• Heat your milk on the stove to around 185 degrees by stirring it constantly in a heavy-bottomed metal pot.
  • Let it cool to around 110 to 115 degrees (also the perfect temperature for yeast growth in bread) before your add your starter cultures.
  • Start with either a store-bought culture or a yogurt you really like to get things going--a couple tablespoons per quart.  You may need to supplement with more store-bought yogurt, as the starter can lose strength over time.
  • Place your yogurt in a commercial maker, like the one above, or put it in a quart jar and wrap with heavy blankets to maintain the temperature for 4 to 6 hours.  Other methods are shown here at Mother Earth News.  Thanks, Jo!
  • Let your yogurt sit at around 100 degrees until it curdles.
  • Place in the fridge and enjoy as desired.
I made mine overnight and just checked on it as I woke.  I opened up a little jar and checked the texture with a butter knife.  Mine took about 11 hours in the maker shown above.  I'd love any extra tips about yogurt-making you all may have.  The maker is on loan, so one day I'll be on my own for insulating it.  :-)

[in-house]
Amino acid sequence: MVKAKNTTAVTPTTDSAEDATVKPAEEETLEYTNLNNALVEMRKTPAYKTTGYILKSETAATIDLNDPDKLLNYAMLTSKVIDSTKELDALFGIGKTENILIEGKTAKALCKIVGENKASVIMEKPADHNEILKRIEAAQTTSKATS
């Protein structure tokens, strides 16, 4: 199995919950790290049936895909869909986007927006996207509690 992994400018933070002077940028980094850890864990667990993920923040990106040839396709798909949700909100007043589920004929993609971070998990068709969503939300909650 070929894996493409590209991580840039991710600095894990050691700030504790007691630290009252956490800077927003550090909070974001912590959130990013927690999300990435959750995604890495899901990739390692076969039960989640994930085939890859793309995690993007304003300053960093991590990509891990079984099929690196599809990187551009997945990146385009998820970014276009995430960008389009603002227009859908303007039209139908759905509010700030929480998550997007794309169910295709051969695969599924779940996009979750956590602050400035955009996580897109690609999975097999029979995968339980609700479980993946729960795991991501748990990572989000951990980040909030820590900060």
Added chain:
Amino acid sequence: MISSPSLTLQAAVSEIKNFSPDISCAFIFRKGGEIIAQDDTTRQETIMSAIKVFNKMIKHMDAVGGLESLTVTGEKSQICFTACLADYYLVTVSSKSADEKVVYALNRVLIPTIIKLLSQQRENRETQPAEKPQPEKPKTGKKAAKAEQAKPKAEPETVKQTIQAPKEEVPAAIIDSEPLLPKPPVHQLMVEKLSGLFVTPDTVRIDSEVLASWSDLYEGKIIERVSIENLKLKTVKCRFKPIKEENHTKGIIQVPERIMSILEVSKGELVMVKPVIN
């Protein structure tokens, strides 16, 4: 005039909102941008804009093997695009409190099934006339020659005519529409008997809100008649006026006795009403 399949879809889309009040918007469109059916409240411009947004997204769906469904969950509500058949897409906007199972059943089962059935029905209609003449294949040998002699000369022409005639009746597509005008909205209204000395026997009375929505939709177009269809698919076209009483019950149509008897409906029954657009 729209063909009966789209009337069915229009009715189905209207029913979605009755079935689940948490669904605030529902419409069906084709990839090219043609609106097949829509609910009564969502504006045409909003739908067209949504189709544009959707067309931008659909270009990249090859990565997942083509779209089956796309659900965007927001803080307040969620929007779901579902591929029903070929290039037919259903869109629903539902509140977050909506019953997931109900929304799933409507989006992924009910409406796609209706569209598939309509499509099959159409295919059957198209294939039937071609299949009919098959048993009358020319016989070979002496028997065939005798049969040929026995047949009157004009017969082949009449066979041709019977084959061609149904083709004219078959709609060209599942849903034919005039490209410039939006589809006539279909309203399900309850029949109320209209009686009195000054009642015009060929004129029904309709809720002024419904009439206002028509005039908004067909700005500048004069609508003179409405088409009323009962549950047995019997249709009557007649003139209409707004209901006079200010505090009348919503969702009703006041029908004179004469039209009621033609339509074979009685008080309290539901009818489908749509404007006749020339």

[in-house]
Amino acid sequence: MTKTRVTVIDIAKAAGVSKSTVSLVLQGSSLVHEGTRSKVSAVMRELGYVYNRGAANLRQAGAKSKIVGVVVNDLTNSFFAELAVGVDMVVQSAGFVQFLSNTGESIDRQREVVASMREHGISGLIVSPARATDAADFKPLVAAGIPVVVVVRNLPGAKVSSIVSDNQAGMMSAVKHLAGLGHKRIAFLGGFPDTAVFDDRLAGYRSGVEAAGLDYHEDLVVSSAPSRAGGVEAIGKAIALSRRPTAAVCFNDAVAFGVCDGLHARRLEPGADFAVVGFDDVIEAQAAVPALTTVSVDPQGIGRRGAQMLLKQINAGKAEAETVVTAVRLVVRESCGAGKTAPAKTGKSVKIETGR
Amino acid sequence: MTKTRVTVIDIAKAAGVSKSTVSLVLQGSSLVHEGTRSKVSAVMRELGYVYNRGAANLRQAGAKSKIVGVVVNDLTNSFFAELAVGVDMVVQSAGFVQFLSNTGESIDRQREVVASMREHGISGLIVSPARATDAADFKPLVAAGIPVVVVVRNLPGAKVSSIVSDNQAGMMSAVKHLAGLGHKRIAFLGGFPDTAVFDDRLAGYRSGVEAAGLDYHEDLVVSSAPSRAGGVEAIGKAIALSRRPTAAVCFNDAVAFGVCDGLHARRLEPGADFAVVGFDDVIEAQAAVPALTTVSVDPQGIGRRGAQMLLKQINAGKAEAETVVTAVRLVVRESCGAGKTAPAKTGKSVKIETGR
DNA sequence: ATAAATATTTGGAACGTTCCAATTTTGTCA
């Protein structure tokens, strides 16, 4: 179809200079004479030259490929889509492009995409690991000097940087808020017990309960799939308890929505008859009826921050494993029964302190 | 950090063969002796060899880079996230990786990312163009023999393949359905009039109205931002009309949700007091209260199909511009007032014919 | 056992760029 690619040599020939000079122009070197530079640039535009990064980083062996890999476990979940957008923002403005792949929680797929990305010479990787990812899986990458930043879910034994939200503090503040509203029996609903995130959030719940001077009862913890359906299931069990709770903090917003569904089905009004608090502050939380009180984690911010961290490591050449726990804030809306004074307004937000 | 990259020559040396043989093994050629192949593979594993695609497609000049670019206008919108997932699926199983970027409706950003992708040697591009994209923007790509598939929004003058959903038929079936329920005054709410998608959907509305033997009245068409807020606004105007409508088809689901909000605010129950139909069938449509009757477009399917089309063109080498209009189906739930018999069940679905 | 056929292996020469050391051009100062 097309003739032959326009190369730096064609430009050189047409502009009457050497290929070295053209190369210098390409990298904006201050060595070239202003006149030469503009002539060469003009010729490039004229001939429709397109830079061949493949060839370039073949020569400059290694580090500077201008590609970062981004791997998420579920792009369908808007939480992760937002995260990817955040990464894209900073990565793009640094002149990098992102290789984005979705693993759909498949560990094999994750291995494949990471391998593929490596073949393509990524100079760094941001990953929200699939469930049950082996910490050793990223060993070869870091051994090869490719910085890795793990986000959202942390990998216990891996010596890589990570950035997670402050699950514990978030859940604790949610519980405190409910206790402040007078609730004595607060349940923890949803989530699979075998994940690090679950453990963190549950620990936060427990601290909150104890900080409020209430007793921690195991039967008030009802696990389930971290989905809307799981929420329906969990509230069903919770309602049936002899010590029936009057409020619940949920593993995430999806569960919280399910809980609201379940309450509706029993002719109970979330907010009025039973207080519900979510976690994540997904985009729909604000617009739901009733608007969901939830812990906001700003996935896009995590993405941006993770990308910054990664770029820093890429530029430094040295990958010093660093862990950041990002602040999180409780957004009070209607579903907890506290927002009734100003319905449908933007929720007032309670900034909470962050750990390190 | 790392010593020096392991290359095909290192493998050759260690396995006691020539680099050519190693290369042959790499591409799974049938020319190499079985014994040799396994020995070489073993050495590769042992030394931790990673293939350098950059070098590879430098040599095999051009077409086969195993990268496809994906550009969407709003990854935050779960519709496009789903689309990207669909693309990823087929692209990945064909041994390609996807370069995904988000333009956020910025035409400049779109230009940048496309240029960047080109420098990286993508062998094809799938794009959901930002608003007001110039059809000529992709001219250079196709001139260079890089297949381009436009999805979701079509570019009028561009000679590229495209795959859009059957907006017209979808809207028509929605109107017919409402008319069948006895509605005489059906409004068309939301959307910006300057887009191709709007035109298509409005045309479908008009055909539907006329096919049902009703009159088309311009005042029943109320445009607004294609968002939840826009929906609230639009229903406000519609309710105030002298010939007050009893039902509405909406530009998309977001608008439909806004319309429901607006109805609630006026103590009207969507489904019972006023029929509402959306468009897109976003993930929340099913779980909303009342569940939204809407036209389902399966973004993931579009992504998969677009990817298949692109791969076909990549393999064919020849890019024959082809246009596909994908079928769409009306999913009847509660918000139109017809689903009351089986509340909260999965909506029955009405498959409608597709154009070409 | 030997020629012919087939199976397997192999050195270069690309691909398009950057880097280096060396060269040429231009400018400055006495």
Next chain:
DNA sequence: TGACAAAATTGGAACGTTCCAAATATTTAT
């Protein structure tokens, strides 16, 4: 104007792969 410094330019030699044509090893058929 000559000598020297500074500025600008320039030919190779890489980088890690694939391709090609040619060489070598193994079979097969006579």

Special thanks to [profile] wetkneefarm[profile] topieces and Jo at An Agrarian Journey.  :-)
impossibleway: (The Little House)

Love flavored yogurts but dislike all the miscellaneous ingredients that come in them?  Have a major aversion to corn syrup?

Fear no more!  If you like to make your own homemade jams, or know someone who does, then you can use them to jazz up more than the average piece of toast or hot, buttery biscuit. . .